- Clynnog & Trefor, Trefor (does not operate vehicles in National Express livery)
- East Midlands Motor Services, Lincoln
- East Yorkshire Motor Services, Hull
- E.Stott and Son, Huddersfield
- Epsom Coaches
- Excelsior Coaches, Bournemouth
- Galloway European Coachlines, Mendlesham
- Go North East, Chester-Le-Street
- Johnson Bros
- Linburg Touring,Sheffield
- Lucketts Travel, Fareham
- Park's, Hamilton
- Mainline Travel
- Peter Godward, South Woodham Ferrers
- Selwyns Travel
- Silverdale Tours, Nottingham
- Skyline Travel, Oldbury
- South Gloucestershire Bus & Coach, Patchway, Bristol
- Stagecoach Cambridgeshire, Peterborough
- Stagecoach South East, Dover
- Stagecoach East Midlands, Mansfield
- Stagecoach South Midlands, Oxford
- Stagecoach Yorkshire, Barnsley
- Stuarts Coaches, Carluke
- Travelstar European, Walsall
- Travel de Courcey, Birmingham
- RATP Yellow Buses, Bournemouth
- Trathens Travel Services, Plymouth
- Travellers Choice, Carnforth
- Ulsterbus, Belfast
- Wilts & Dorset, Salisbury
- Woottens Luxury Travel, Chesham, Buckinghamshire
- Whittle of Kidderminster
- Yeomans Canyon Travel, Hereford
- YourBus, Nottingham
A number of discount fare brands are available at a cost, including:
National Express currently offers a range of four coachcards to customers which allows discounts on National Express tickets. These are:
- 16–26 Coachcard – Available to young people aged under 26 and to full-time students of any age. This discount card allows a third off the standard fare, plus 10% off events services.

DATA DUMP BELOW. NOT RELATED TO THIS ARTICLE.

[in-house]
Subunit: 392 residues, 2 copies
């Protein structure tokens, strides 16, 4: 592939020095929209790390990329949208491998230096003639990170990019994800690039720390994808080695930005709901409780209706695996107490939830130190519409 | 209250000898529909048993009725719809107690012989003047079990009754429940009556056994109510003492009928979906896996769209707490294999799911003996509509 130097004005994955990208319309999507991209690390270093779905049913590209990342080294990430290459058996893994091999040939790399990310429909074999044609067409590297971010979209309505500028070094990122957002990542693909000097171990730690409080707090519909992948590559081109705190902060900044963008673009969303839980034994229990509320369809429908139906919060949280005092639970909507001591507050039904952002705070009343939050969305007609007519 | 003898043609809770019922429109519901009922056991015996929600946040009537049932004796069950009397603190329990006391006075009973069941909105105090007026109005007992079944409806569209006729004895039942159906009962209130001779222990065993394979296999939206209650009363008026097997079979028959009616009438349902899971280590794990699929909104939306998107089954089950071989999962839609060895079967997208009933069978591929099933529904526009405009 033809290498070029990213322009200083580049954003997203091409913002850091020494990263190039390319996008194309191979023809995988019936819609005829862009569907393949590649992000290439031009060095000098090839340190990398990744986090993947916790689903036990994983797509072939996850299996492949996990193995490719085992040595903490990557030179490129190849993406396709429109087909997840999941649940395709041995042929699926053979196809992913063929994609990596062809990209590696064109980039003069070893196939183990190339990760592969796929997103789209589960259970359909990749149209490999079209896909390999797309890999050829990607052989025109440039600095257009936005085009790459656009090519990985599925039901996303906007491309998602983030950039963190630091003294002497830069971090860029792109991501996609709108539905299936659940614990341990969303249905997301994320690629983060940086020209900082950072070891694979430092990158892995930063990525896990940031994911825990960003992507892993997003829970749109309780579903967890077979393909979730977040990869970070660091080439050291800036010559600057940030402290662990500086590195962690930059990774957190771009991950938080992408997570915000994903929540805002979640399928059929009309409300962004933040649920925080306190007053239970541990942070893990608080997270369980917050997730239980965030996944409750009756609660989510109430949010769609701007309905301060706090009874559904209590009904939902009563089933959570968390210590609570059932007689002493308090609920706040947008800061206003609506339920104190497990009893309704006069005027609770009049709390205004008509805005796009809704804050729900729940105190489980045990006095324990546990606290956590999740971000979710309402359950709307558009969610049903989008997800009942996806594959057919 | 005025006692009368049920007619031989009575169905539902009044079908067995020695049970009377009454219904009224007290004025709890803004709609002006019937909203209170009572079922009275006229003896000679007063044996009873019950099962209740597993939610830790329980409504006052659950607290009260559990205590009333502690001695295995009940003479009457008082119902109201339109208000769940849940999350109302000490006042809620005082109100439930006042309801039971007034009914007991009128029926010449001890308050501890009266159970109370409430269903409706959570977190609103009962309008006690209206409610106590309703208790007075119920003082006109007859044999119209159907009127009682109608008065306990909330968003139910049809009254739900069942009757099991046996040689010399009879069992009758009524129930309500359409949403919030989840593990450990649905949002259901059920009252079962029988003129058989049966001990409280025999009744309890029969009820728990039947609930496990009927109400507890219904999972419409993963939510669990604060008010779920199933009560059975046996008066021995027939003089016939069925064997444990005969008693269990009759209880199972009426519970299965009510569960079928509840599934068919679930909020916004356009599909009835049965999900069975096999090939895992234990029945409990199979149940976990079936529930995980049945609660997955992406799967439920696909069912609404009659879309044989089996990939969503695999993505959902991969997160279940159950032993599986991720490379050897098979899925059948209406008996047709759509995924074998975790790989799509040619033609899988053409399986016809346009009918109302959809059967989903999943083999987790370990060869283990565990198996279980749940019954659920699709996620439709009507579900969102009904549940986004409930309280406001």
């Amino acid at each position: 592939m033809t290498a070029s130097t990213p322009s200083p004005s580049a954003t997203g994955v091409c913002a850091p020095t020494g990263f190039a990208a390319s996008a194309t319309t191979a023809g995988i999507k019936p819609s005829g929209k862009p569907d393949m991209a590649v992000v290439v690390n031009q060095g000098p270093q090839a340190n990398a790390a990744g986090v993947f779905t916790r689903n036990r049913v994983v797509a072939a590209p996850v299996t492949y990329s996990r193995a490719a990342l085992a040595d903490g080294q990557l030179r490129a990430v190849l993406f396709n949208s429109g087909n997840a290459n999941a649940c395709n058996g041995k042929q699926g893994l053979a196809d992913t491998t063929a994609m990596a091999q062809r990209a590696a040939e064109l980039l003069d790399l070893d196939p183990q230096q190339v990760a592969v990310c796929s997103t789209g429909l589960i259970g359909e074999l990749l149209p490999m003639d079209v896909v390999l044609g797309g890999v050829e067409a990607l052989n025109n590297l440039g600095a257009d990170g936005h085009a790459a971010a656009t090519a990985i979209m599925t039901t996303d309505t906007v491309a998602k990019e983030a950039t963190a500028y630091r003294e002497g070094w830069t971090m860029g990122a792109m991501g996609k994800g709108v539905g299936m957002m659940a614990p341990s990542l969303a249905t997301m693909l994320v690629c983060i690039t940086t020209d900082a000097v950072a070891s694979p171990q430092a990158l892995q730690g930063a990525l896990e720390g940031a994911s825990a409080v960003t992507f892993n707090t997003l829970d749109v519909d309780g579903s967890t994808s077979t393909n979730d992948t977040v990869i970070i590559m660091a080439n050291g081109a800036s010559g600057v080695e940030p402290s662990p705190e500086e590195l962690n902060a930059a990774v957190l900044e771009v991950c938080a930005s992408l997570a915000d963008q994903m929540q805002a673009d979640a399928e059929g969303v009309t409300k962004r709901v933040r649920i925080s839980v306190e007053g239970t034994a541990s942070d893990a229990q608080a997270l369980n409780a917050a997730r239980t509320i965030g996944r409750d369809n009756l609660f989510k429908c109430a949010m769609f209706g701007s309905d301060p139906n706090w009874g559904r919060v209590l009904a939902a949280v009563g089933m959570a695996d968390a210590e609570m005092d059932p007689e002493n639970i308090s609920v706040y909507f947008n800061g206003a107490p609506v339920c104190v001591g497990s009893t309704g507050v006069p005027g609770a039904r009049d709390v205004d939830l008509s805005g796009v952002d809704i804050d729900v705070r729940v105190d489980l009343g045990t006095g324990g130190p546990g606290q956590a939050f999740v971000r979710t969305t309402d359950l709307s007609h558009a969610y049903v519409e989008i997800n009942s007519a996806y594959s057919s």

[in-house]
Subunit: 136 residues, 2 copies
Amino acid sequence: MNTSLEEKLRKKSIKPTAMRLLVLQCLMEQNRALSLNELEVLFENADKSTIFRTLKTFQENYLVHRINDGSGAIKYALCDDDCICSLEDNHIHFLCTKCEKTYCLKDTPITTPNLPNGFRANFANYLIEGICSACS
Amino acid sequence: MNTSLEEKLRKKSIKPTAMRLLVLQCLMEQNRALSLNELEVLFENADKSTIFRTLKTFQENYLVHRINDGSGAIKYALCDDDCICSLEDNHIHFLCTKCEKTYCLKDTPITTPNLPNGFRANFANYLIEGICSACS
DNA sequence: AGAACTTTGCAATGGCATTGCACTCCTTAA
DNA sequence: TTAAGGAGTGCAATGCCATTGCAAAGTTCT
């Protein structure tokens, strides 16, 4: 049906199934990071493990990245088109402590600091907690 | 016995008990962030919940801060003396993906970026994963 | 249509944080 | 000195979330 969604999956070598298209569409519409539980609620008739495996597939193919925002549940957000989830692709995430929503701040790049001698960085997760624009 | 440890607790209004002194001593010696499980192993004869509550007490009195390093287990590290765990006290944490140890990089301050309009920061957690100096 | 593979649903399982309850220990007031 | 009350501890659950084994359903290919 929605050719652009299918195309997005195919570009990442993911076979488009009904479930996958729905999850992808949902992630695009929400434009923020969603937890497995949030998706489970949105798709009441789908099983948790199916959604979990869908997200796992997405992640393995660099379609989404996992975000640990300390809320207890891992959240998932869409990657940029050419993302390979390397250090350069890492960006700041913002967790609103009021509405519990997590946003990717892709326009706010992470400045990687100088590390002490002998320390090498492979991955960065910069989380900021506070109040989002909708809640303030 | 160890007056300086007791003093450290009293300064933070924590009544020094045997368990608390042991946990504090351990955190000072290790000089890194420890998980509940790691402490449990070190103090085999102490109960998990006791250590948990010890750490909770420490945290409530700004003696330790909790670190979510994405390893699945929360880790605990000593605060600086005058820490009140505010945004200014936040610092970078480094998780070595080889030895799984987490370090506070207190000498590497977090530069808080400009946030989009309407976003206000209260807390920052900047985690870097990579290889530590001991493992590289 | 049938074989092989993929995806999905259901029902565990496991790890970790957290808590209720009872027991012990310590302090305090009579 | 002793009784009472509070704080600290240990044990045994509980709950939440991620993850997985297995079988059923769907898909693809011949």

- Family Coachcard – Available in a '1+1' or '2+2' format, this enables one child (3–15) to travel for free with one paying adult (or 2 children with 2 adults).
- Senior Coachcard – Following the Governments scrapping of the Concessionary half price fares for the over 60's in October 2011, National Express introduced a Senior Coachcard which enables the holder one third off the standard fare. Initially, these were not valid on services to/from airports, however following complaints from passengers, this restriction was removed in March 2012.
- Disabled Coachcard – Following the Governments scrapping of the Concessionary half price fares for the disabled people in October 2011, National Express introduced a Disabled Coachcard which enables the holder one third off the standard fare. Initially, these were not valid on services to/from airports, however following complaints from passengers, this restriction was removed in March 2012. Passsengers who are students or under 26 can also get 10% off events services.
- Brit Xplorer
This is a card valid for a set period of time (up to 4 weeks) which allows non-UK residents (a passport of another country is needed to purchase this) travel as a standby passenger on all National Express services, the holder can opt to pay a small fee in order to reserve a seat on a specific service.